Germany: Book Critical of Islamization Finds an Audience
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In Germany, the man expressing the popular anger against Muslim immigrants who refuse to assimilate happens to be a banker until recently employed as a board member of the Bundesbank.

Thilo Sarrazin has been excoriated for writing a book that is critical of Muslim immigration, Deutschland schafft sich ab (Germany does away with itself). The author has been condemned by top political leaders, including Chancellor Angela Merkel, for saying unpleasant things.

However, many Germans agree that Sarrazin is discussing issues too long covered up by elites in thrall to multicultural beliefs. The people see their communities changed by Muslim diversity, and they dont like it.

German book channels publics immigrant angst, AP, September 15, 2010

Thilo Sarrazin was a board member of Germanys august central bank until he wrote a book claiming German society was being made dumber by Muslim immigrants. Its a runaway best-seller, but has cost him his job. [. . .]

But supporters say Sarrazins criticisms are simply meant to make a point about what is expected of newcomers to Germany.

We are not far-right extremists, we just want the people who come here to contribute something, to be polite and learn the language. Nothing more, said Mike Temme, a doctor.

Temme was among a lively crowd of several hundred in Berlin who paid to hear Sarrazin debate his book, Germany Abolishes Itself. Support for the ex-banker was palpable as the crowd applauded his defense of his theories and drowned out any participants who questioned Sarrazins use of genetic theory or accused him of manipulating data.

Because weve started and lost two world wars, nobody dares to say it. But now somebody has spoken the truth and everybody agrees, Temme said.

The truth, according to Sarrazin, is that Germans have accepted as inevitable that Germany will be smaller and dumber.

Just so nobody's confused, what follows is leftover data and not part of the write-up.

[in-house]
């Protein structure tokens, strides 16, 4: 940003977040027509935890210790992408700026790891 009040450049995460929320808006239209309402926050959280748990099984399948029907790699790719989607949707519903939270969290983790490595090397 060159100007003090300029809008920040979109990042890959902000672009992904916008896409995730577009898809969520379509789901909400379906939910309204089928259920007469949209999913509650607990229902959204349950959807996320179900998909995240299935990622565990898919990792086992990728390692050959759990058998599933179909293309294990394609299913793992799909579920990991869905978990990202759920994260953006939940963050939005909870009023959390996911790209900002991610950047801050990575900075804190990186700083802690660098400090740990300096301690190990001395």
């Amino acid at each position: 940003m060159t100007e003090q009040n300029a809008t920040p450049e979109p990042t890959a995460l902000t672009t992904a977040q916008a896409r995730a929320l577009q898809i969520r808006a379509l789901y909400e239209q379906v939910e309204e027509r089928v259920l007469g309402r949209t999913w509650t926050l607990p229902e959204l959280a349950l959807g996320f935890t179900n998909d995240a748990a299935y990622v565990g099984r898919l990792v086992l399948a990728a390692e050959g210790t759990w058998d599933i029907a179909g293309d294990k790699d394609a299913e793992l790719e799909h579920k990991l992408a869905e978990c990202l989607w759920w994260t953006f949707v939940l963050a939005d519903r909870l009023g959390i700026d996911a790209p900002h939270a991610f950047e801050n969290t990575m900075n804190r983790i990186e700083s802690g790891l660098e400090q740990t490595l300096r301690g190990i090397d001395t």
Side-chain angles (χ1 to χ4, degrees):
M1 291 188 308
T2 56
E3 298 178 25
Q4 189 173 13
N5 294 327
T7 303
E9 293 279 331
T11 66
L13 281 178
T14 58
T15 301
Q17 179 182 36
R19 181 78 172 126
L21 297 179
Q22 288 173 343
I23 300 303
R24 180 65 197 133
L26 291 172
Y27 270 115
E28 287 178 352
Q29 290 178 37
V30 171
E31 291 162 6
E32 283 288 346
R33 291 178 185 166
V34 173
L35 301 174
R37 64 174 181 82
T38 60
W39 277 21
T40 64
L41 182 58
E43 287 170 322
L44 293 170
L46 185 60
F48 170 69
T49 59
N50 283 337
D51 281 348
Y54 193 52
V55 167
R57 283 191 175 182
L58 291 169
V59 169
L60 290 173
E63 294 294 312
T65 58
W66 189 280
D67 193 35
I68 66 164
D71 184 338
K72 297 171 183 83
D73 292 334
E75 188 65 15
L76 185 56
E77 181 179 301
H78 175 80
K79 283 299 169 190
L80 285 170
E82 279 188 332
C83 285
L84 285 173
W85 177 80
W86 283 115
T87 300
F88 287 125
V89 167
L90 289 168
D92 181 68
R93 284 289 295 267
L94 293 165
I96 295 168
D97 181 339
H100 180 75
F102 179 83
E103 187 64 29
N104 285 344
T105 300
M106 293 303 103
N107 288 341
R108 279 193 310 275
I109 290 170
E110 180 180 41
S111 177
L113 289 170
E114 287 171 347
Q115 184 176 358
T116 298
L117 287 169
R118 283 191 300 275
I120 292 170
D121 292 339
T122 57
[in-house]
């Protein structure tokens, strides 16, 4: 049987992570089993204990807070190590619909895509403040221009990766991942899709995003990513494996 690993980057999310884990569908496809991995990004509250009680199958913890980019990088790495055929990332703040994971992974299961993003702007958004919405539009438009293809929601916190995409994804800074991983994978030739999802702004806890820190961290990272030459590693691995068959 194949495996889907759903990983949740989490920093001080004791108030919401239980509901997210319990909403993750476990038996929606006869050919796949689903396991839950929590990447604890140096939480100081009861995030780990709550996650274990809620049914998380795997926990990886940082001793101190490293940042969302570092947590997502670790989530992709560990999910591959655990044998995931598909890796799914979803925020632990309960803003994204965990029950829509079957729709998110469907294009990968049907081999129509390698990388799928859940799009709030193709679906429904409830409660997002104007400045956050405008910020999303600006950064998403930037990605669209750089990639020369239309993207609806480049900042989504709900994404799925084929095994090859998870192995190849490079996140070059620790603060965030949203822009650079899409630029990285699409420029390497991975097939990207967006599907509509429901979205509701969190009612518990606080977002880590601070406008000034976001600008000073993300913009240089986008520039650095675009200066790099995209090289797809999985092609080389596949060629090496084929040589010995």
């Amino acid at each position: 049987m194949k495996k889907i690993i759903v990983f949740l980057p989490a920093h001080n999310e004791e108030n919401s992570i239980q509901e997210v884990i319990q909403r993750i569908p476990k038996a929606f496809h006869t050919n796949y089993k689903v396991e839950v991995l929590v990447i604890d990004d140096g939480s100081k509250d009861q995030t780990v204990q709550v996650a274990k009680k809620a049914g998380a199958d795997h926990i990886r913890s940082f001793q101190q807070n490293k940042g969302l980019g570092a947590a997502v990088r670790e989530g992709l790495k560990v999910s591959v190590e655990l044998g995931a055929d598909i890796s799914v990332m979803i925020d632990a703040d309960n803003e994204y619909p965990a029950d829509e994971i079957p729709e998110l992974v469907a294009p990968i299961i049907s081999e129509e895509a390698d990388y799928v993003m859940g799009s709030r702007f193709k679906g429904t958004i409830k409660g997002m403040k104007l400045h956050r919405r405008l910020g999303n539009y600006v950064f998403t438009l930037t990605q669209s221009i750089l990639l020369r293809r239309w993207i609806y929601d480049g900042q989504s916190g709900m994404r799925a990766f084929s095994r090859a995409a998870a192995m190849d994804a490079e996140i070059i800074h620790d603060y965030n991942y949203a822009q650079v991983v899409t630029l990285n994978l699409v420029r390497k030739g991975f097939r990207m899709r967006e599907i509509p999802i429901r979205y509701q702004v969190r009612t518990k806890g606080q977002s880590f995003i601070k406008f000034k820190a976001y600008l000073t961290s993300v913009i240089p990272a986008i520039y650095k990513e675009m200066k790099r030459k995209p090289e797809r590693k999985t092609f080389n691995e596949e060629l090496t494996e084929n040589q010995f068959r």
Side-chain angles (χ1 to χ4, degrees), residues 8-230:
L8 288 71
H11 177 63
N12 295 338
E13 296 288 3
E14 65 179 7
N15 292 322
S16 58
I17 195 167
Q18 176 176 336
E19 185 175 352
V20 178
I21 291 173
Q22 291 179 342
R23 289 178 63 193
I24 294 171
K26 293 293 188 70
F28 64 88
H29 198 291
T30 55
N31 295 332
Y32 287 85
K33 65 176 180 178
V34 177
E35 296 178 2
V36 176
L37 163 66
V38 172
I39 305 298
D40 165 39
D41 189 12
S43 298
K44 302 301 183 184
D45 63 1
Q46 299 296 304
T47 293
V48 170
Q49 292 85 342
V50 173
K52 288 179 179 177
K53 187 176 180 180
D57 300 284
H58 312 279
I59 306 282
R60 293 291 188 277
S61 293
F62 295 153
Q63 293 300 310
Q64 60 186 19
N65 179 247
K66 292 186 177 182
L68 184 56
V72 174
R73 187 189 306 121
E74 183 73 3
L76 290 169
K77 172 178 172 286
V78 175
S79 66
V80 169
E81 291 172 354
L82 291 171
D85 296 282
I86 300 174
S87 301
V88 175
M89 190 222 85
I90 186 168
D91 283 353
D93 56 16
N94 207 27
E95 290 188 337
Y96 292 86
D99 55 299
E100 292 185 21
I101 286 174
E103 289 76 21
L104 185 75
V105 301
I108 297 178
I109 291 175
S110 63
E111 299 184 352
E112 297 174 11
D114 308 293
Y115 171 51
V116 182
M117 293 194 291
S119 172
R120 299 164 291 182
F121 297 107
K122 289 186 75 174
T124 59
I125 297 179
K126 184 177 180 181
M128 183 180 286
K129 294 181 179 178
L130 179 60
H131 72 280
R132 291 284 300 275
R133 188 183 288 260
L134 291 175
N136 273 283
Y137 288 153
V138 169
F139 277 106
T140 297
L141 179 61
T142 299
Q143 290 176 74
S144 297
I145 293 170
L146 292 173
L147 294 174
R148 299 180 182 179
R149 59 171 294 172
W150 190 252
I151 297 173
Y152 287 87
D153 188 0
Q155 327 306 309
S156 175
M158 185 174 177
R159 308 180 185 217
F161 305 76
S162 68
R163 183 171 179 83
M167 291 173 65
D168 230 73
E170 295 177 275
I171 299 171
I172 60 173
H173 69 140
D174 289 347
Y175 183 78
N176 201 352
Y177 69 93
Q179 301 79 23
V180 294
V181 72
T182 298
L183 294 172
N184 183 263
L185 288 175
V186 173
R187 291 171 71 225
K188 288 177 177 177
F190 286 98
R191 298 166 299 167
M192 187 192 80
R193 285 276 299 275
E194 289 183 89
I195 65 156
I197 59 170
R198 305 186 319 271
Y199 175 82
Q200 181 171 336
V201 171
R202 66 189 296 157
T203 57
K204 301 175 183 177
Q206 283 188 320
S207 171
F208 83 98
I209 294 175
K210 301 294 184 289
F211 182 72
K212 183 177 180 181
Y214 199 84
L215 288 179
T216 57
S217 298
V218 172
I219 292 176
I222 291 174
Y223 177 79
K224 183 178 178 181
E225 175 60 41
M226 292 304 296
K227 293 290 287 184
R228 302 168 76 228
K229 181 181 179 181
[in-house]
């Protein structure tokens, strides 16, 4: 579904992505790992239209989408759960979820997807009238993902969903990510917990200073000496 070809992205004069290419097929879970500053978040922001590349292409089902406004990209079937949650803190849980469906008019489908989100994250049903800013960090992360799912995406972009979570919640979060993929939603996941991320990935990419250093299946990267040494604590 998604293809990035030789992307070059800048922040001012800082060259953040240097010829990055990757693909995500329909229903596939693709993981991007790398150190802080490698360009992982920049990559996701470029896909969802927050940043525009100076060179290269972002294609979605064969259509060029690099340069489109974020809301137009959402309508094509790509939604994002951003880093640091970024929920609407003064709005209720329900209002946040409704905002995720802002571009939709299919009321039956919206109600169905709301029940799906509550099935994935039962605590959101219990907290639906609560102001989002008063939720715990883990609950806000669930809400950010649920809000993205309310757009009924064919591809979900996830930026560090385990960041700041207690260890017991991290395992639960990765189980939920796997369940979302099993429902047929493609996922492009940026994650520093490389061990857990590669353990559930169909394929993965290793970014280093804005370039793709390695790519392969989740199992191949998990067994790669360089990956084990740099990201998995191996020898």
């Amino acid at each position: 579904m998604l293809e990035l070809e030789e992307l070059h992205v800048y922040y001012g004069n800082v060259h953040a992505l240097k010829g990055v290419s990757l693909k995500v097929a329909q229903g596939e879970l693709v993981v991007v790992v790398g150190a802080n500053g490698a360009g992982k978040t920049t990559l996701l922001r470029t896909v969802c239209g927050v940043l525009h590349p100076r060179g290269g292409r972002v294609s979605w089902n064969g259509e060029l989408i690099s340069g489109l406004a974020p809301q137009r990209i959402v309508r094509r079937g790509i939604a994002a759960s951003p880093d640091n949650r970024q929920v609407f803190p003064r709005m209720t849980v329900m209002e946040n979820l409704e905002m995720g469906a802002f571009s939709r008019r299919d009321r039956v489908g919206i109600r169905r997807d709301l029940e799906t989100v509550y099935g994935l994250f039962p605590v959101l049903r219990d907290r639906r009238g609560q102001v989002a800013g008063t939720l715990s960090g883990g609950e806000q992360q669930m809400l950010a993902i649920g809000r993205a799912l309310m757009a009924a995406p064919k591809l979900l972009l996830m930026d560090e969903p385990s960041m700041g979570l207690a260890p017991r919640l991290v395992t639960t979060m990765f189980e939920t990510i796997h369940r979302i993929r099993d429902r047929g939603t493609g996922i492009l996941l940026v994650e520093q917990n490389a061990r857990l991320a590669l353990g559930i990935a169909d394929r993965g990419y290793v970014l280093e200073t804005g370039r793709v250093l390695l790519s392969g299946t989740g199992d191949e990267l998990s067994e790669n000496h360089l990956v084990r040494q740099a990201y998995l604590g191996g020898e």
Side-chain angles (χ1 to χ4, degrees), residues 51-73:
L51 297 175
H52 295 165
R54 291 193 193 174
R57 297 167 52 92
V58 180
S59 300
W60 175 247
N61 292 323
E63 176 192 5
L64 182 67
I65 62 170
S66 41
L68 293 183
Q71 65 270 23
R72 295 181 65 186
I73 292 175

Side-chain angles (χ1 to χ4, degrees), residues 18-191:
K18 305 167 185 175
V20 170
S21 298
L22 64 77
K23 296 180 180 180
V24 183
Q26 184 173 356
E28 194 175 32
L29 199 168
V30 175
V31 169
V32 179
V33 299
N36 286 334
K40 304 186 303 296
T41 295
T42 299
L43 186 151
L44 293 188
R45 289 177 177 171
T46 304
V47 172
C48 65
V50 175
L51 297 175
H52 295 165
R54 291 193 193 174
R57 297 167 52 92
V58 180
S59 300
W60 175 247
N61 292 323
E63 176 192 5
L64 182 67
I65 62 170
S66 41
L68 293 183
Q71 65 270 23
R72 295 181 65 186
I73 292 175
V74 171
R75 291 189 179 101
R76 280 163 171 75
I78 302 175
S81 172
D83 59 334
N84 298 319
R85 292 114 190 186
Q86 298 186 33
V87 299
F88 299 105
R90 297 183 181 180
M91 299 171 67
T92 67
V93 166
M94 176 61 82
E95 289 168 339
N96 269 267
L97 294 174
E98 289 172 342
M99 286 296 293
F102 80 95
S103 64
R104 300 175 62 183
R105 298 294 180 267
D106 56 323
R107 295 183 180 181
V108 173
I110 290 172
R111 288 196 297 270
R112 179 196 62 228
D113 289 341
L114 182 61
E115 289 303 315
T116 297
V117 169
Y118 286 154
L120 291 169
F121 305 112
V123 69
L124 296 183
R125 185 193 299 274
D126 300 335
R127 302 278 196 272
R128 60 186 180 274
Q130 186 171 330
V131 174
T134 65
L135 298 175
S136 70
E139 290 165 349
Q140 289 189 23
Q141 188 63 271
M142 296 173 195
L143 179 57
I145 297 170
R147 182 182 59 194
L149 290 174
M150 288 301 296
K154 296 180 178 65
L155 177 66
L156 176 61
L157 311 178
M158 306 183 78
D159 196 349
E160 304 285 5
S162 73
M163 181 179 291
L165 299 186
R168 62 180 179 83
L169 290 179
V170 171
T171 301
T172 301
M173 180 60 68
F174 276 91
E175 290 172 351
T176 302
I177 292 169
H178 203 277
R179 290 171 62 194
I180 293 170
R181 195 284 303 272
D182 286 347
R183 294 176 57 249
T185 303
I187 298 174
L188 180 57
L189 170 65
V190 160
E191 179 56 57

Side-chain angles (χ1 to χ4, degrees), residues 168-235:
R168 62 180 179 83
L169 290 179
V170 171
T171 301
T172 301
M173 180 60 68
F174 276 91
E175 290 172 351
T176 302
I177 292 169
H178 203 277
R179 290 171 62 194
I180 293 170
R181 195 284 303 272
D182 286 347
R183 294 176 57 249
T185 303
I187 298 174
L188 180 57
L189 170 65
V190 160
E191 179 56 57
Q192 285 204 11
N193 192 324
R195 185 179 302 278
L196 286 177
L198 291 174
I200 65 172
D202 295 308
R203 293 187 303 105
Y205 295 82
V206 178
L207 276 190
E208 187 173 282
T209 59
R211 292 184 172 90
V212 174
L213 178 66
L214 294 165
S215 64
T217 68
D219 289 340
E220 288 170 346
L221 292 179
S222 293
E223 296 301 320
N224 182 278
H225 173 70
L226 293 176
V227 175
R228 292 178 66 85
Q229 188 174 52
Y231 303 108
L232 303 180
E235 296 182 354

The three immigrant groups with the largest educational deficit and the highest social welfare costs, are also those with the highest rate of reproduction, Sarrazin writes, citing Turks, immigrants from the former Yugoslavia and from the Middle East. [. . .]

Hardening attitudes toward Muslims are felt in many European countries. But these are generally spearheaded by the far-right, whereas Sarrazin, 65, belongs to the traditional, center-left Social Democratic Party, which is moving to expel him. Some heavyweights of Germanys left-leaning establishment are leaping to Sarrazins defense, arguing that he is being unjustly pilloried for saying what a silent majority has long felt.

Matthias Matussek, a columnist with the weekly Der Spiegel, praised Sarrazin for challenging the politically correct branch of Germanys consensus-based society and for forcing politicians to listen to the publics demands for Muslims to embrace German ways.

They are sick of being cursed or laughed at when they offer assistance with integration. And they are tired about reading about Islamist associations that have one degree of separation from terrorism, of honor killings, of death threats against cartoonists and filmmakers, Matussek wrote in his blog for Der Spiegels online edition.

The heated debate has left leaders struggling for a response.

The video below is a composite of European news reports about the Sarrazin book.

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